Why is it you cannot find an eraser when you need one?
Sometimes I wish there were an eraser for one’s brain. I am plagued with embarrassing little things that happened a long time ago — and I cannot seem to get rid of them.
For an example, I started working at my dad’s company when in the third grade and I wanted so bad to make good impressions. One day I noticed there was no designated place to put empty cardboard boxes. I roped off a place at the end of a workbench with a rope and made a sign so everyone would know about it.
In bold capital letters I wrote “BOXS” with an arrow pointing down to the roped area. Proudly I showed it to my mother and she told me there should be an ‘e’ before the s. So instead of making a new sign, I drew a line between the “x” and the “s” and added the “e” above.
After that every promotional photo taken of the shop showed my errant sign in the background. It sort of became the company joke and has hung with me for years. When I had the building razed years later, the first thing I did was to take a crowbar and pry the sign off the wall and discard it.
During that same period I was thrilled to get the privilege of blowing the plant whistle. The whistle was an old steam whistle mounted on the top of the air compressor tank. It was sounded four times daily, starting and ending of work and at the noon hour.
At the time of the incident, the plant consisted of five buildings along Broadway. Working in the farthest building I glanced up at the clock and saw it was five minutes till twelve. I hurriedly finished what I was doing and raced through the plant to the top of the stairs over the air compressor and grabbed hold of the lanyard of the whistle. When the minute hand on the clock at the other end of the building hit twelve, I pulled hard and long — the screaming whistle did its thing.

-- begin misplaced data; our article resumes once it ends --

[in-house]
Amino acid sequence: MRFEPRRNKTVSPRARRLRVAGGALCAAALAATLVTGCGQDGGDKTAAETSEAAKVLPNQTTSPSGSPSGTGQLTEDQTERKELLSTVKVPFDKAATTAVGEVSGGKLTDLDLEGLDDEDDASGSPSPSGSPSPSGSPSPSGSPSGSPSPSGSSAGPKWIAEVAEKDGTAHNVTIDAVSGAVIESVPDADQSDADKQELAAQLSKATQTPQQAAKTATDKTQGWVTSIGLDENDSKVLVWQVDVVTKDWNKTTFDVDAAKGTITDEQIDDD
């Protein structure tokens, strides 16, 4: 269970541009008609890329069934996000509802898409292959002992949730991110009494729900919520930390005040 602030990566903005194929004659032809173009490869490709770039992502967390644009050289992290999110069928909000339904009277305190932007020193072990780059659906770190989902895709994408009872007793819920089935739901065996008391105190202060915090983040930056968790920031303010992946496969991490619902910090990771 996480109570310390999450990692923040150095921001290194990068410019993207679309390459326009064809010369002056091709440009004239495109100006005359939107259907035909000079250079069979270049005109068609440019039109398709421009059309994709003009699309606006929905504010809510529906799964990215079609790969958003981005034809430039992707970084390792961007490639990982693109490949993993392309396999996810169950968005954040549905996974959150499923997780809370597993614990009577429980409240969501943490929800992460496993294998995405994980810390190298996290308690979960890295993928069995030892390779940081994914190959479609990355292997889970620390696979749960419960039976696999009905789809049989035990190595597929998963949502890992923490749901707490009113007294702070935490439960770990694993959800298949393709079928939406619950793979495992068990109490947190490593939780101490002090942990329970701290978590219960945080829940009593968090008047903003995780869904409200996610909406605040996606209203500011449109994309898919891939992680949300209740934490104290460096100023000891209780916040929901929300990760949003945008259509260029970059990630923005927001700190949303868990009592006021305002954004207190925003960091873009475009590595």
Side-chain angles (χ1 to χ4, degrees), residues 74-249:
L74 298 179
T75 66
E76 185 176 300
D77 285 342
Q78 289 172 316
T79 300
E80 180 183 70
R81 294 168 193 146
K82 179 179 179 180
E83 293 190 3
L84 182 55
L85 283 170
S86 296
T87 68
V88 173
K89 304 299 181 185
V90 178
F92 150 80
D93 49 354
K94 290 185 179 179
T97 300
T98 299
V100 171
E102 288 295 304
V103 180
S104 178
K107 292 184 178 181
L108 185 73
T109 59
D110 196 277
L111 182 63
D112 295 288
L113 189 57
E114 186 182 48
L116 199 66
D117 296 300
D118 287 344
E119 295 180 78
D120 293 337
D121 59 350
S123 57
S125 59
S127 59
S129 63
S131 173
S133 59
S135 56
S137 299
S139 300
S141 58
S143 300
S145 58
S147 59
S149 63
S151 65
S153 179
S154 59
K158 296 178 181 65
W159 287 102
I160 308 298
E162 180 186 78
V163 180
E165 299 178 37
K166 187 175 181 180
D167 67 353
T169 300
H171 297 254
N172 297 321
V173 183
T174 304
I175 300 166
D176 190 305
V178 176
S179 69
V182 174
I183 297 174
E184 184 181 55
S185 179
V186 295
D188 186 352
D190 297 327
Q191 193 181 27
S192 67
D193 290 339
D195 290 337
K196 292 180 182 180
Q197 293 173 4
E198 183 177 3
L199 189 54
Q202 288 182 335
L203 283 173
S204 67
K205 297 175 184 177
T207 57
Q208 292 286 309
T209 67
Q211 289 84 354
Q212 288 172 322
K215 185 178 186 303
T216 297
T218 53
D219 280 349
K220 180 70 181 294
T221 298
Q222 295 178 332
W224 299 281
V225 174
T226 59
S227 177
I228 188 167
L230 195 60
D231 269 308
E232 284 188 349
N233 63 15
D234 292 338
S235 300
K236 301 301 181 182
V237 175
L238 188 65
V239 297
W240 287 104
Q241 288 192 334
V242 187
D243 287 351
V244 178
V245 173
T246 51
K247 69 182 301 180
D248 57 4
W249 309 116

Looking down I was somewhat surprised to see the workers just standing there looking back at me rather than grabbing their lunch boxes. It was 11 o’clock not 12!
So what’s the big deal?
The big deal was that almost all the tools in the plant were air-powered. I had just drained all the air in the tank supplying the plant and in effect shut the whole plant down — we had an early lunch hour that day. Many years later I was still working at the company. In fact I had risen to the position of vice president and had my own office (I was the boss’s son, remember).
At a function at the Tiki House one evening, a man approached me, stuck out his hand and said, “Hi, I’m David Bear.” I responded by saying, “Nice to meet you, I’m sure.”
Then I turned to the pretty gal with him and asked, “And what is your name?”
With a surprised look on her face, she responded, “My name is Judy Bear. I have been your secretary for the last two months.”
During the next few awkward moments I stumbled through such statements as “I’ve never seen you all dressed up before” to “It’s hard for me to associate people’s faces outside the workplace.” And probably, “I didn’t realize you were so short.”
As embarrassing as it is to make silly errors, it’s really difficult when people know your name. I have faded back into the crowd many times making stupid or silly mistakes when people do not know you. But those times don’t stick with you and soon your brain erases them entirely. However, when things begin to repeat themselves, it really makes you wonder.
About ten years ago I invited the board of elders of the First Christian Church to come out to my recently renovated deer hunting lodge for dinner and their monthly meeting. To make things special I made a sign and secured it to the wall in the dining room — it read “ELDERS DINNING ROOM” carved with a router and stained to match the walls.
Afterwards one of the elders approached me.
He said, “That was a great meal, I am really impressed with what you have done here. I’m curious. Does that extra ‘n’ in dining have a special meaning?”